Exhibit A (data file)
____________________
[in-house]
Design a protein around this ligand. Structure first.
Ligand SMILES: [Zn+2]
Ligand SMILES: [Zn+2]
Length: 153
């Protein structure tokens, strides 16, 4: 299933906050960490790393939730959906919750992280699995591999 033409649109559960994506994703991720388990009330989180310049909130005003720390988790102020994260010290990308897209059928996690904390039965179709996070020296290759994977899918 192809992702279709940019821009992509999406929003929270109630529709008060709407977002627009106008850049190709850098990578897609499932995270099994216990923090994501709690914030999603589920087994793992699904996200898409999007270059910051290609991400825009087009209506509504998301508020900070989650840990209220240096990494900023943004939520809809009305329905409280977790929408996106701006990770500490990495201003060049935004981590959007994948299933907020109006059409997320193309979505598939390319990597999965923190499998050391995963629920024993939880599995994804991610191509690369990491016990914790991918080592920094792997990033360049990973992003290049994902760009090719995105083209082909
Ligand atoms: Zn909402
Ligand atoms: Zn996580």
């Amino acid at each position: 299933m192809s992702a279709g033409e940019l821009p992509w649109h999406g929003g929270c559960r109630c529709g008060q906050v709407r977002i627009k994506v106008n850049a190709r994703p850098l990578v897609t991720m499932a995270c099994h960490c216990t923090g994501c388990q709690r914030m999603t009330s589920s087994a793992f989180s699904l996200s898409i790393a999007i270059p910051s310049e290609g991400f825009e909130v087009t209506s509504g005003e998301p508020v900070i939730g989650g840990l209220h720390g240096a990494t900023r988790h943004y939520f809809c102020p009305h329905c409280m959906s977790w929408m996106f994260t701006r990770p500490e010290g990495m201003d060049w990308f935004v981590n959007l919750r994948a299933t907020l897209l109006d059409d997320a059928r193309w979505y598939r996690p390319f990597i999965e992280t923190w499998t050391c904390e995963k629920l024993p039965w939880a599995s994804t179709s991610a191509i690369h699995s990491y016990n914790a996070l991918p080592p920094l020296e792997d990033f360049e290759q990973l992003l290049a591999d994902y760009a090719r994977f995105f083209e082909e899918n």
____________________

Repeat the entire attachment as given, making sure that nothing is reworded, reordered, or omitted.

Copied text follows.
[in-house]
Design a protein around this ligand. Structure first.
Ligand SMILES: [Zn+2]
Ligand SMILES: [Zn+2]
Length: 153
């Protein structure tokens, strides 16, 4: 299933906050960490790393939730959906919750992280699995591999 033409649109559960994506994703991720388990009330989180310049909130005003720390988790102020994260010290990308897209059928996690904390039965179709996070020296290759994977899918 192809992702279709940019821009992509999406929003929270109630529709008060709407977002627009106008850049190709850098990578897609499932995270099994216990923090994501709690914030999603589920087994793992699904996200898409999007270059910051290609991400825009087009209506509504998301508020900070989650840990209220240096990494900023943004939520809809009305329905409280977790929408996106701006990770500490990495201003060049935004981590959007994948299933907020109006059409997320193309979505598939390319990597999965923190499998050391995963629920024993939880599995994804991610191509690369990491016990914790991918080592920094792997990033360049990973992003290049994902760009090719995105083209082909
Ligand atoms: Zn909402
Ligand atoms: Zn996580």
């Amino acid at each position: 299933m192809s992702a279709g033409e940019l821009p992509w649109h999406g929003g929270c559960r109630c529709g008060q906050v709407r977002i627009k994506v106008n850049a190709r994703p850098l990578v897609t991720m499932a995270c099994h960490c216990t923090g994501c388990q709690r914030m999603t009330s589920s087994a793992f989180s699904l996200s898409i790393a999007i270059p910051s310049e290609g991400f825009e909130v087009t209506s509504g005003e998301p508020v900070i939730g989650g840990l209220h720390g240096a990494t900023r988790h943004y939520f809809c102020p009305h329905c409280m959906s977790w929408m996106f994260t701006r990770p500490e010290g990495m201003d060049w990308f935004v981590n959007l919750r994948a299933t907020l897209l109006d059409d997320a059928r193309w979505y598939r996690p390319f990597i999965e992280t923190w499998t050391c904390e995963k629920l024993p039965w939880a599995s994804t179709s991610a191509i690369h699995s990491y016990n914790a996070l991918p080592p920094l020296e792997d990033f360049e290759q990973l992003l290049a591999d994902y760009a090719r994977f995105f083209e082909e899918n």